Thursday, April 21, 2011

Divergent: Behind the Scenes with Molly O'Neill

Continuing on in our DIVERGENT lovefest, today we have a very sexy guest in our midst. A wonderful woman who helps bring amazing books to our needy hands as part of her job. I'd like to present to you: Molly O'Neill! She's Veronica Roth's editor and has been so kind to share some behind the scenes info about Divergent. Read on, it's fascinating!

What was yours/Harper Collins first reaction when you read the manuscript? Did you sense something 'big'?

Veronica’s literary agent knew I was hungry for a great teen/YA project that asked interesting “what if?” questions, so when she told me about DIVERGENT, it sounded really like it could be exactly the sort of story I’d been waiting for. She sent the manuscript to me just before the end of work on a Thursday, and I started reading it on the subway ride home that night. I was hooked by Tris’s voice in just the first few pages—the tone of her voice is as clipped and careful and controlled as the Abnegation world around her, but underneath, there’s this quiet undertone of her yearning for something more, and I found that split of her persona so tremendously compelling and well-crafted.

By the time I was getting off the subway forty minutes later, I had cancelled my dinner plans because I knew I had to keep reading—I could tell that the manuscript was something special. I finished DIVERGENT at about 3:30 a.m. and stumbled into work the next morning and started babbling in a slightly incoherent and sleep-deprived way to my boss about a girl called Tris, and factions and choices and Chicago, and a mysterious boy called Four. Luckily, my boss, Katherine Tegen, recognized that an editor doesn’t have that kind of impassioned reaction to a book very often, but when she does, it means something. (And publishing may be the only job in the world where “I was up too late reading” is sometimes considered a valid excuse for coming into work late!) And once Katherine read the manuscript, she wholeheartedly agreed that Veronica was an incredible writer and that we had to publish her books!


What was the publication process like? Did you have to fight hard alongside other publishers to secure rights?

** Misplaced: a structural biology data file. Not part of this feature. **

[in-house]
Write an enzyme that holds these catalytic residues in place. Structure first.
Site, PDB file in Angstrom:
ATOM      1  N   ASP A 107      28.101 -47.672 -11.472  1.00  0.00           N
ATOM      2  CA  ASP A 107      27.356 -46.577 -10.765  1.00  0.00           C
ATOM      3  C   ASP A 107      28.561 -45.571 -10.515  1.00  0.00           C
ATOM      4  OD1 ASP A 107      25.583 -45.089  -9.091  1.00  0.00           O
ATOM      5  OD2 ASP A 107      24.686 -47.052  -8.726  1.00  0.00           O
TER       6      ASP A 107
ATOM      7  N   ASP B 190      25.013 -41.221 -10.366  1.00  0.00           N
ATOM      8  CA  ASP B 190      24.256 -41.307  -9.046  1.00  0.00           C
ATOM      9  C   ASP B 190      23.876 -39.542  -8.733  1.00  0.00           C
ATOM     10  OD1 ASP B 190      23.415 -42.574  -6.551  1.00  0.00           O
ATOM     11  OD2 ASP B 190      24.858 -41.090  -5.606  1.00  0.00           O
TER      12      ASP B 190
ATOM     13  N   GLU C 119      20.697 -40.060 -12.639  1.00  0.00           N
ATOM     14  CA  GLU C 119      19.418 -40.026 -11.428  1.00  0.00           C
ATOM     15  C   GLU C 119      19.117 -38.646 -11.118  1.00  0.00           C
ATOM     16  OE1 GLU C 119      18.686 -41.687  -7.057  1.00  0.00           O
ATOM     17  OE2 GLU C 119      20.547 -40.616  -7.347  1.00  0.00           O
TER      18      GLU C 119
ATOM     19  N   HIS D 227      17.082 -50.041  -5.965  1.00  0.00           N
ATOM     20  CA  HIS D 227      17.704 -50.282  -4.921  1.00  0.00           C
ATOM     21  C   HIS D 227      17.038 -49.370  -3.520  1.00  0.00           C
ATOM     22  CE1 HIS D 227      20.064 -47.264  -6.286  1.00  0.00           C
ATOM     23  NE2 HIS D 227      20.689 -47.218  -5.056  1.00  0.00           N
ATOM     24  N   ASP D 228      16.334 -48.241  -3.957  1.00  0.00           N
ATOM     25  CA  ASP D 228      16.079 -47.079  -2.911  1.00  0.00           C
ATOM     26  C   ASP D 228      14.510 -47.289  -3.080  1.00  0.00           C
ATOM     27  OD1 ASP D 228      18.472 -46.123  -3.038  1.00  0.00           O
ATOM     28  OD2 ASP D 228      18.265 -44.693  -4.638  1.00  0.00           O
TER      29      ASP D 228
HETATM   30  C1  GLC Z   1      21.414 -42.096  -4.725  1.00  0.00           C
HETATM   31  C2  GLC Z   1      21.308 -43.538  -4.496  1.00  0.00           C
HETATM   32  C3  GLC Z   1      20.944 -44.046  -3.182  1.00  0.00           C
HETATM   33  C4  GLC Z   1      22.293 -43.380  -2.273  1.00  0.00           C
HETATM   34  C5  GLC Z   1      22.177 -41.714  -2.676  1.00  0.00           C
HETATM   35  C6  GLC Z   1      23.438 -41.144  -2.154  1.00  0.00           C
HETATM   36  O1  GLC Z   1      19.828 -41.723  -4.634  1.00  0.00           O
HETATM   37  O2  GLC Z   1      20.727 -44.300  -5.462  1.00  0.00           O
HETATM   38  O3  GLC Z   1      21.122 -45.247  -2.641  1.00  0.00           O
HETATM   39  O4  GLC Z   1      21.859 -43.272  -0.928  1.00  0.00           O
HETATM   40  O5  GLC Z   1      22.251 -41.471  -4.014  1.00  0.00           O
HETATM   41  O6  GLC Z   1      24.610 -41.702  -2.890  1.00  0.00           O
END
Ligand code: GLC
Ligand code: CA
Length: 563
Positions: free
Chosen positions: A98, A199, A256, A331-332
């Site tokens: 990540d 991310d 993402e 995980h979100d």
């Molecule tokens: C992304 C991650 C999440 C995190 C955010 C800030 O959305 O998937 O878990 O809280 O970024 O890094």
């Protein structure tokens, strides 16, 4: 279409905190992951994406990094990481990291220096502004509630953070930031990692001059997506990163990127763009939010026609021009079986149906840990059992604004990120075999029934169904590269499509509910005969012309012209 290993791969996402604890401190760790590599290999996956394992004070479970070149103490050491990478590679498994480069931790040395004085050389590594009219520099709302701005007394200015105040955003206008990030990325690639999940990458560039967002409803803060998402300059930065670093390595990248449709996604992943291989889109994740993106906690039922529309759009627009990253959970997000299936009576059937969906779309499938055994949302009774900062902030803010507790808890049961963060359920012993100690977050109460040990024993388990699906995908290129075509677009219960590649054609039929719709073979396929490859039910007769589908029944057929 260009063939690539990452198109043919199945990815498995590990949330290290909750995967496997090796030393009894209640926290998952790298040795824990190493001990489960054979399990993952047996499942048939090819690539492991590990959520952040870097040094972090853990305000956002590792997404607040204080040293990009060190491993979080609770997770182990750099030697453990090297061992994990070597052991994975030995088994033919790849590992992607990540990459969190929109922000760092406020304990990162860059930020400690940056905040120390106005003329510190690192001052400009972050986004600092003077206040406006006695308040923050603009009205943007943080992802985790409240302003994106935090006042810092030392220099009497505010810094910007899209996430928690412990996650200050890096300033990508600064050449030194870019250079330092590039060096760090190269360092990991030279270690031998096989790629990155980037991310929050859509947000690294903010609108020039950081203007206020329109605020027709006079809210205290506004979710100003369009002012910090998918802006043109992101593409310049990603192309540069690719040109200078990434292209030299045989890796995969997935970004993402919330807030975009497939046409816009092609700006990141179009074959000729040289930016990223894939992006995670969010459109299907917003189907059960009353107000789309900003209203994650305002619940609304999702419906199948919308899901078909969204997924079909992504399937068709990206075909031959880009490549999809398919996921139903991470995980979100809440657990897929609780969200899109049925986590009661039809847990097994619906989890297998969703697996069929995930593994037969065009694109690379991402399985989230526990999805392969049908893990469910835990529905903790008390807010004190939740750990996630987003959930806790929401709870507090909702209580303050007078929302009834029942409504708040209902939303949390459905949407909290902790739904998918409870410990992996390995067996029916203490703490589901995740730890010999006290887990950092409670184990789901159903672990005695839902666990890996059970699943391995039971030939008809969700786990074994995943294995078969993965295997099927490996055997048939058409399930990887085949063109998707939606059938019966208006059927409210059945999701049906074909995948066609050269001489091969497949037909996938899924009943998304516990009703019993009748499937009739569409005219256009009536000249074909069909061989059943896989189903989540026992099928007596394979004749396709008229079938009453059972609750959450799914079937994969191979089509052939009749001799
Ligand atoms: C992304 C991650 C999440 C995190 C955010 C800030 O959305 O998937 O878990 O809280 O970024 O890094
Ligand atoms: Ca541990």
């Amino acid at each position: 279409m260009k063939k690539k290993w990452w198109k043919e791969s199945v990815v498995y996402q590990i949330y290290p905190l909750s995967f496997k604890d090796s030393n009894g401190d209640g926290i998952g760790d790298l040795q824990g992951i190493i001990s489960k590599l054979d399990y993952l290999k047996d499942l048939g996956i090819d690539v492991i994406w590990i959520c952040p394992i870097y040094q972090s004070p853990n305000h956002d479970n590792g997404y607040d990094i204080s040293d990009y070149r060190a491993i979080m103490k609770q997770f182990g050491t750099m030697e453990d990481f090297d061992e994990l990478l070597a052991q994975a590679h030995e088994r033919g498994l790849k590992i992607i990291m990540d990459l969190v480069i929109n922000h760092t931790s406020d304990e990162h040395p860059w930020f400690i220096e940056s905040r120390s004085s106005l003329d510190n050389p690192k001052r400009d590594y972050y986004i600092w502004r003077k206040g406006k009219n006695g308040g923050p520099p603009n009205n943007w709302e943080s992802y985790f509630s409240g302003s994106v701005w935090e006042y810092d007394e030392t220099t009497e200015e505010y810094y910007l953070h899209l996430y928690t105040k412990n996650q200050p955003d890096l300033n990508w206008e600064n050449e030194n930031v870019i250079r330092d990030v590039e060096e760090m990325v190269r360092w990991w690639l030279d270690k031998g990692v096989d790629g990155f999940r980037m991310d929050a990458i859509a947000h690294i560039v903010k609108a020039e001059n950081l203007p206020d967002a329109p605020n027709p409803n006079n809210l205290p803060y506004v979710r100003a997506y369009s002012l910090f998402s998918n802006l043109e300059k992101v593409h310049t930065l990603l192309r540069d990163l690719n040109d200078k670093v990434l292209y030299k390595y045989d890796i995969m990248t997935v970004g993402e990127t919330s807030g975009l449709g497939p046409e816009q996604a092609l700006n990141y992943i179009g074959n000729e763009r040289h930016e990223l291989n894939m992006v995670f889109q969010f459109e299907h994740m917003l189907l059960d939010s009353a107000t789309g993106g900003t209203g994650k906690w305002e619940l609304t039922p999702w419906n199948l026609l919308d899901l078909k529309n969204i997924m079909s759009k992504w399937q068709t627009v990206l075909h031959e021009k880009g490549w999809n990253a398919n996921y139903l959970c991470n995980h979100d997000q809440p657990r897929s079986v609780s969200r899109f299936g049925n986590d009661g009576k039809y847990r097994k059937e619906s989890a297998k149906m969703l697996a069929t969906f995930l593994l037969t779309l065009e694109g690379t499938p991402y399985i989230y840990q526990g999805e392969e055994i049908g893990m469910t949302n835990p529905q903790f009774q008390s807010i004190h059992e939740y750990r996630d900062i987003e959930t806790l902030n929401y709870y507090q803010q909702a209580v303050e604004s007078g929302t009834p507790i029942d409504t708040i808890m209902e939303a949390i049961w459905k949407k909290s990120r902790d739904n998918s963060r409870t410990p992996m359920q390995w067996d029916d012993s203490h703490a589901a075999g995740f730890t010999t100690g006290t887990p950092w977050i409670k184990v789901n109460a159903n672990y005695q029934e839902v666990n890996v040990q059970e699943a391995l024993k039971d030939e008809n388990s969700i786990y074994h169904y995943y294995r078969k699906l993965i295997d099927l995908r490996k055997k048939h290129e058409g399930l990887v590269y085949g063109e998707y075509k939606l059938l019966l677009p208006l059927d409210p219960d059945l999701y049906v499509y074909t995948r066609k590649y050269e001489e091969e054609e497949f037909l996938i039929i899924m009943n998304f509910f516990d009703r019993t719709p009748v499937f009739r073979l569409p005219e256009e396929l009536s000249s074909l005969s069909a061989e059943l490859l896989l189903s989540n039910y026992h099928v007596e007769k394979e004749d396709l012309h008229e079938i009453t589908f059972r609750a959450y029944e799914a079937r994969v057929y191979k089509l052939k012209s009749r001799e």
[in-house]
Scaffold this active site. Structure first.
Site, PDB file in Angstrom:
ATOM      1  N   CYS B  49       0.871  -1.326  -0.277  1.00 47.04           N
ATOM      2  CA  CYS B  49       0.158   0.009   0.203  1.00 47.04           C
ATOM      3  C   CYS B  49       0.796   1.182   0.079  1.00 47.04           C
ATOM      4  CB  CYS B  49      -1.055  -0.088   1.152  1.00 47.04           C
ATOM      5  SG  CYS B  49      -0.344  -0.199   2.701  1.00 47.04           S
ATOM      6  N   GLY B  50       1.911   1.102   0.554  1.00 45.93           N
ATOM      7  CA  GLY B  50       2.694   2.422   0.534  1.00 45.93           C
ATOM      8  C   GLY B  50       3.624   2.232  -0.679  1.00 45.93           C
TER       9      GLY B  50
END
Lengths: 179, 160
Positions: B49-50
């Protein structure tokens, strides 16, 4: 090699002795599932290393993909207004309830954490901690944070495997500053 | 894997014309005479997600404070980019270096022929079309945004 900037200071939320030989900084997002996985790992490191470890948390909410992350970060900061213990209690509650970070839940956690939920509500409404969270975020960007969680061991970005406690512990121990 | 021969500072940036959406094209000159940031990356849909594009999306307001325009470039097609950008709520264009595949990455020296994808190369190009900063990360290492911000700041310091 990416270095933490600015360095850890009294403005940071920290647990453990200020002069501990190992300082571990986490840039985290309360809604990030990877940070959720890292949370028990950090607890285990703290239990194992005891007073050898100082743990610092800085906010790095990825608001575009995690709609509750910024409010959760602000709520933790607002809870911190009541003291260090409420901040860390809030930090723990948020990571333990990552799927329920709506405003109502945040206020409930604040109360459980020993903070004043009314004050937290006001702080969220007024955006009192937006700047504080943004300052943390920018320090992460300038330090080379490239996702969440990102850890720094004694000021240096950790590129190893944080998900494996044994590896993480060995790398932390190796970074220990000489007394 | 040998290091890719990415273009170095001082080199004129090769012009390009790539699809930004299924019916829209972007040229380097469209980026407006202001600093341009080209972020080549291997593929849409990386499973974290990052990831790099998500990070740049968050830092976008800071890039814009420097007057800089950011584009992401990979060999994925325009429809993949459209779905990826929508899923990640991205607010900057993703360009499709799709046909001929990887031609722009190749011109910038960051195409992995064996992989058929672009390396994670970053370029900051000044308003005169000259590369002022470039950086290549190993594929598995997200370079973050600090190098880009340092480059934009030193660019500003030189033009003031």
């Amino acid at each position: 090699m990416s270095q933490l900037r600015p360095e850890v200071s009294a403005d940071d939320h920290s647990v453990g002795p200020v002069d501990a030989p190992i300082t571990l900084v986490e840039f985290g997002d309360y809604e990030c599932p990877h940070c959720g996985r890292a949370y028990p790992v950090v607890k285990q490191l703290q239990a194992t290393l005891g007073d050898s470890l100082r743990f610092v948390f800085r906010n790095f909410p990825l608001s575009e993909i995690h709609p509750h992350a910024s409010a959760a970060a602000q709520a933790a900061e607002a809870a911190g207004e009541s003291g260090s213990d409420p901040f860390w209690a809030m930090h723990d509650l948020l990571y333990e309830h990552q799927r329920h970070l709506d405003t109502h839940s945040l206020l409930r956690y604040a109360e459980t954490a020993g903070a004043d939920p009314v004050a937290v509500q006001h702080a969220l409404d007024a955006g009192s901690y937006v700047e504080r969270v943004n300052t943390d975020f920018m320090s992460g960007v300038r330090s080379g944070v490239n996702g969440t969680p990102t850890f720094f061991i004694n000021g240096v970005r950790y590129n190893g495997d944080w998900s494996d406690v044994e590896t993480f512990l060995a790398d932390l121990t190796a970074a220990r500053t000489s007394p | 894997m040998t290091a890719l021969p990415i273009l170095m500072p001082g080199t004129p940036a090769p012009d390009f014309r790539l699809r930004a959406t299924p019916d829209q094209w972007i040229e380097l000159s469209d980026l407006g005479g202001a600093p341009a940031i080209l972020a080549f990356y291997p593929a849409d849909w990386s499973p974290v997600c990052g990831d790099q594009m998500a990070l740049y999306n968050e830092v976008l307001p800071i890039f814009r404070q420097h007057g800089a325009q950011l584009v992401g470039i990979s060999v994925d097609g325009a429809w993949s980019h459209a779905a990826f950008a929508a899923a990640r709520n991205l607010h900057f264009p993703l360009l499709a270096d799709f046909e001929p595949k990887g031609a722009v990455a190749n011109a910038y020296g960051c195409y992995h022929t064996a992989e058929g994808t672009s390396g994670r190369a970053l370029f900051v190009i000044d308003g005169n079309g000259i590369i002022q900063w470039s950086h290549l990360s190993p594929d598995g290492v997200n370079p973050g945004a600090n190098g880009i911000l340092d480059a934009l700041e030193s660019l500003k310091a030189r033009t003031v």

The agent told us that there were many other editors and publishing houses who also wanted to publish DIVERGENT, but everyone at HarperCollins really rallied around this book. Veronica’s agent sent me the manuscript on a Thursday night, and we closed the deal the following Monday. It was tremendously exciting for everyone involved (well, except for the other editors/publishing houses, I suppose), and a little over a year later, we’re incredibly honored to be introducing DIVERGENT, and Veronica Roth, to the world. As an editor, I feel really lucky to be working with an author like Veronica—someone who is so talented and so dedicated to the craft of writing, and also just a pretty amazing human being overall—and I hope we get to work together on many more books to come!

The cover art is incredibly well fitting for the novel, can you give us a little insight how the design process went?

Thanks! All credit for that stellar cover goes to our fantastic team of Designers—Barb Fitzsimmons, Amy Ryan, and Joel Tippie. The cover-making process is very collaborative between editors and designers and many of other people on the HarperCollins staff, too. Our Sales team, our Subrights team, and our Marketing/Publicity team all weigh in along the way, because covers are one of the most important selling tools a book has. Sometimes it’s a tricky decision because everyone wants something different, but in this case, it was entirely (and happily!) unanimous. Our designers mocked up a number of different approaches to what the cover could look like, and all of them were fantastic, but as soon as we saw this possibility we knew that this was “the one.” We love that it’s a cover that will appeal to and intrigue an incredibly wide range of readers—boys, girls, adults, and teens alike. My very favorite part of the cover is probably the most subtle detail of all, because it makes you “look again”—the fact that Lake Michigan isn’t a lake at all, as it appears at first glance, but a marsh, just as it is in Tris’s world.

If you had to choose a faction, which would would it be?

I’ve had this conversation with pretty much every person I know who’s read the book thus far, and I never get tired of it! I’d say that I was probably born Abnegation, but I’d have chosen Candor.

Thank you SO much for your time, Molly! We really appreciate you sharing these insights.

Tomorrow on my blog: Divergent forces us to face our fears!

4 comments:

  1. I hate you Brodie. You might as well shove the book under my nose and snatch it back before I get to sniff it!! LOL that was a good one, can't even lie ;)

    It was so nice of Molly do agree to an interview! What gets me most excited is that Molly was going CRAZY for Divergent when she read it. That means a lot because editors obviously read a lot of manuscripts and the ones that jump out are bound to be fantastic! I. NEED. DIVERGENT!!

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  2. Great interview! I stayed up until 4am reading Divergent. You are absolutely correct about cover art being the best marketing tool a publisher and author has. I think the cover for Divergent is exceptional, and I am waiting on the edge of my seat for book two!

    Jen @ I Read Banned Books

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  3. What an exciting story for all involved! I can't wait to get my copy of DIVERGENT. It's in the mail :-)

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